He also, apparently, sometimes yells, "Let me the fuck in!" At least he did this time.

I opened the door and John brushed past me and pushed the door out of my hand and closed. He locked all three locks and then leaned in to listen at the door.

"John, what the—"


After a moment, he seemed to relax somewhat. Somewhat for John, everything being relative. He flopped onto the couch and started rooting through his bag. "Do you remember Rigoni's Second Theorem?"

"John, I didn't go to MIT with you, remember? I went to art school. What are you doing in New York?"

"Ugh. Okay. So, Rigoni." John squared his shoulders and took a breath and started the lecture. "He says you can exist in more than one place at a time, so long as those places are adjacent in the fourth dimension. So—"

"Sounds reasonable."

"Don't mock this." He stared at me, shook his finger. He seemed almost schoolmasterish, if that's a word. "It might be important later. I need you to do something for me. If I can find it."

"It's not drugs, is it?" I asked, half-hoping it was drugs. John hooked me up with a brick of hash once that had lasted all summer. "Is it drugs?"

"It's not." He pulled a small box from his bag. It was taped shut, and he held it like it was a ticking bomb. "It's the prototype."

"Of what?"

"Rigoni, Freddy, Rigoni. The prototype makes any two points adjacent, fourth-dimensionally speaking. You just tell it what two points. Right now it's set for my lab in California and Mom's place over in Park Slope."

"So you used this thing to come here from California?"

"No, no, I'm still in California, I'm just also here." He got up, listened at the door. "But they're coming, so I have to get rid of it."

"What do you mean, who's coming?"

"They're not coming here, they're coming to the lab. Freddy, if they get their hands on this, it'll be bad. They won't know how to handle it. Do you still work with metal? Do you have the smelter?"

"Sure. At the studio."

"Take it, drop it in. Do it now, today."

"What happens to you?"

"I don't know. Either there'll be one of me, in California, or two of me, one there and one here, or I'll get ripped apart, quantum-wise. Or the universe will. It'll be one of those." He sighed. "Probably the first one. Or the second."

"…Okay, I guess."

"And Freddy…" He put his hands on my shoulders, "Don't open the box. Really don't open the box."


The blindfold came off, but he instantly squeezed his eyes shut: there was a bright light in front of him, shining directly at his face.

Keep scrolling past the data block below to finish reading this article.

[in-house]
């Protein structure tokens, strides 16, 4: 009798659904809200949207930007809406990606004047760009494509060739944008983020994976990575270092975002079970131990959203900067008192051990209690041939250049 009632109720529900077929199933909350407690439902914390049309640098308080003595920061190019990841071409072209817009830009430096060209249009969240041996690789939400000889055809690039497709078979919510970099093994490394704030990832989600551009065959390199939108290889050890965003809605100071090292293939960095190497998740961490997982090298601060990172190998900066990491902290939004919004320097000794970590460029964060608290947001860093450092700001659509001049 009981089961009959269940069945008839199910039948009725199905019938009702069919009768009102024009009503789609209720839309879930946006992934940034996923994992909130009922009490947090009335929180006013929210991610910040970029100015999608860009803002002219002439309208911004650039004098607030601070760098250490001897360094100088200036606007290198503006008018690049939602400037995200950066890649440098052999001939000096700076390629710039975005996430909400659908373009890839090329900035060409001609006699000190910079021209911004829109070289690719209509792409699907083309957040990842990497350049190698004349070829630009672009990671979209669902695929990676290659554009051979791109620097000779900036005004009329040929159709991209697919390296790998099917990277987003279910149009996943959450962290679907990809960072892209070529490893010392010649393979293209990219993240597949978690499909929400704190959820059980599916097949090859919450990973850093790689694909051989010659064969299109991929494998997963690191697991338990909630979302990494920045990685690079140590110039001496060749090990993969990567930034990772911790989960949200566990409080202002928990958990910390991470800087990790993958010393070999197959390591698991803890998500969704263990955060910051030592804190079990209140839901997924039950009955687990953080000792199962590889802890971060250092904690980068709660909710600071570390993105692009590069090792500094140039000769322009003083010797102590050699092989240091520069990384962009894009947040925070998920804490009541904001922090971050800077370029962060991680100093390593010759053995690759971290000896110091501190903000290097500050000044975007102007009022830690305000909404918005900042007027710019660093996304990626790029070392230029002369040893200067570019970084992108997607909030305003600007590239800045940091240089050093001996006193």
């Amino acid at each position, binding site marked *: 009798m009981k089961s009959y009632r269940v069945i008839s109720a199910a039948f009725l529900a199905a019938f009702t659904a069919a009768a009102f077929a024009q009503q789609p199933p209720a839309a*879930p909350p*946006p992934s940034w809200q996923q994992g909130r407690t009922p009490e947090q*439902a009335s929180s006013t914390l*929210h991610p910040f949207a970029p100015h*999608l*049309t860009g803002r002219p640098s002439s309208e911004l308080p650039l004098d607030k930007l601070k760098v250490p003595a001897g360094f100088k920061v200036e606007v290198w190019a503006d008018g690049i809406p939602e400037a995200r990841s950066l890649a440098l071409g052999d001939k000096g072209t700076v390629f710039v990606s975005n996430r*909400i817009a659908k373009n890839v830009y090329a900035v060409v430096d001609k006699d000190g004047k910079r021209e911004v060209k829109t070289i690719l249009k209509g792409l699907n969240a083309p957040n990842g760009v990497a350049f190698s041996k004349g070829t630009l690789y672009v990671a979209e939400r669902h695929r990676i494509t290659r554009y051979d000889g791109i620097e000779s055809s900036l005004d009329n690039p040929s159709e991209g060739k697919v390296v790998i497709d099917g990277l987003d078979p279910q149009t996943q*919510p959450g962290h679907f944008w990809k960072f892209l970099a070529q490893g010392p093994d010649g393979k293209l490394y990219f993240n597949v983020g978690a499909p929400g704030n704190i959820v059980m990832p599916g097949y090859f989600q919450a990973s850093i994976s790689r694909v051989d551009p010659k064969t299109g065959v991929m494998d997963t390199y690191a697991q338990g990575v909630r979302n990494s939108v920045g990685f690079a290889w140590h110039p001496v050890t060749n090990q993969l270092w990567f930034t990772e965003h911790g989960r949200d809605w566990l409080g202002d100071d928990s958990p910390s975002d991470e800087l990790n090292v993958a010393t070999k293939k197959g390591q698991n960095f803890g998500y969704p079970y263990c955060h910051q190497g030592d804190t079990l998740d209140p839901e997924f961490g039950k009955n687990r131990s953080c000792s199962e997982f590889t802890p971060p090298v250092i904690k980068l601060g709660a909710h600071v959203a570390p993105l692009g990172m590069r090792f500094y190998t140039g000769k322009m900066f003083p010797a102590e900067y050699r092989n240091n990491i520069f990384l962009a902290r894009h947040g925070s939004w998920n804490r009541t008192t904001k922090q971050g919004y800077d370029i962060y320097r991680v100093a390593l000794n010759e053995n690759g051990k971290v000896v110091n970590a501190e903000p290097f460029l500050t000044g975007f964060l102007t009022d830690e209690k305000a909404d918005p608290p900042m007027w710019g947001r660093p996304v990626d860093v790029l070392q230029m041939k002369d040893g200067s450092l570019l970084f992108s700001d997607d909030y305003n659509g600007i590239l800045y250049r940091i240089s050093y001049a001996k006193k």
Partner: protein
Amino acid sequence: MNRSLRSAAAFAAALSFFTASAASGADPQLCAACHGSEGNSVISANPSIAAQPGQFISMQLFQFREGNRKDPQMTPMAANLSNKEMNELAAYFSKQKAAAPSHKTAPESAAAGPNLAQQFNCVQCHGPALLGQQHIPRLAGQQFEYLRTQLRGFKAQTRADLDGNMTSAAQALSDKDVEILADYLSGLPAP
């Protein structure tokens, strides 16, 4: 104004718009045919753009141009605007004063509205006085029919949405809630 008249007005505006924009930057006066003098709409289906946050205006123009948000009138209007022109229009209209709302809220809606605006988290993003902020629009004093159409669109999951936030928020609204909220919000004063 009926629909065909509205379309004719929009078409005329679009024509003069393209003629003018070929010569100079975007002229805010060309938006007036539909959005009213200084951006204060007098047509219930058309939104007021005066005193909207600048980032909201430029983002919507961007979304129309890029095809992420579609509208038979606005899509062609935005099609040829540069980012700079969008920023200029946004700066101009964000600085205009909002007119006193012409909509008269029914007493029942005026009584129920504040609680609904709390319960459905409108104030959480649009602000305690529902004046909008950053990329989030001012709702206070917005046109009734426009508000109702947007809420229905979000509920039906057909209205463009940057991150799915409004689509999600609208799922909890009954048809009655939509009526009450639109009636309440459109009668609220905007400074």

"Better to keep them open, let them adjust," said a terrifyingly friendly voice.

He opened them into a squint. The edges of his vision resolved into shapes, the shapes resolved into people. One of them, a man standing against the wall, checked his watch. "Let's get on with it."

"Right." The first voice belonged to a balding man sitting across the table; he was a touch heavy, but otherwise thoroughly nondescript. "Mr. Ordry, do you know why you're here?"

"Not really, no."

"I think you do. The computer thinks you do too. Heart rate, blush response, eye movement. it's all right here." He pointed to a datapad on the table in front of him. "There are more sensors taped to your skin right now than I have in my car. And it's a nice car, Mr. Ordry."


"I think he's got a smart mouth," the watch-checker opined.

"Mr. Ordry, let me ask you again. Do you know why you're here?"

"I honestly can't think of a good reason."

"Listen, pal." The standing man had stepped forward, grabbed the lamp and pushed it closer, angled it to maximize its dazzling effect. "You'd best be advised to cooperate. This interview can get very uncomfortable, very quick. Am I making myself clear?"

"I think so."

"Good." He stepped back, leaving the lamp in place.

"Now then." The seated man smiled. "Why don't you tell me why you think you're here."

"I refused to take the CSFT during my review. Then they made me take it or I'd be fired. I guess I didn't do so well."

"You didn't. You didn't do at all well, Mr. Ordry." The seated man shook his head. "The Comprehensive Spiritual Fitness Test is an important tool for weeding out problematic employees. And citizens, for that matter, Mr. Ordry."


"You're a dangerous man, Mr. Ordry."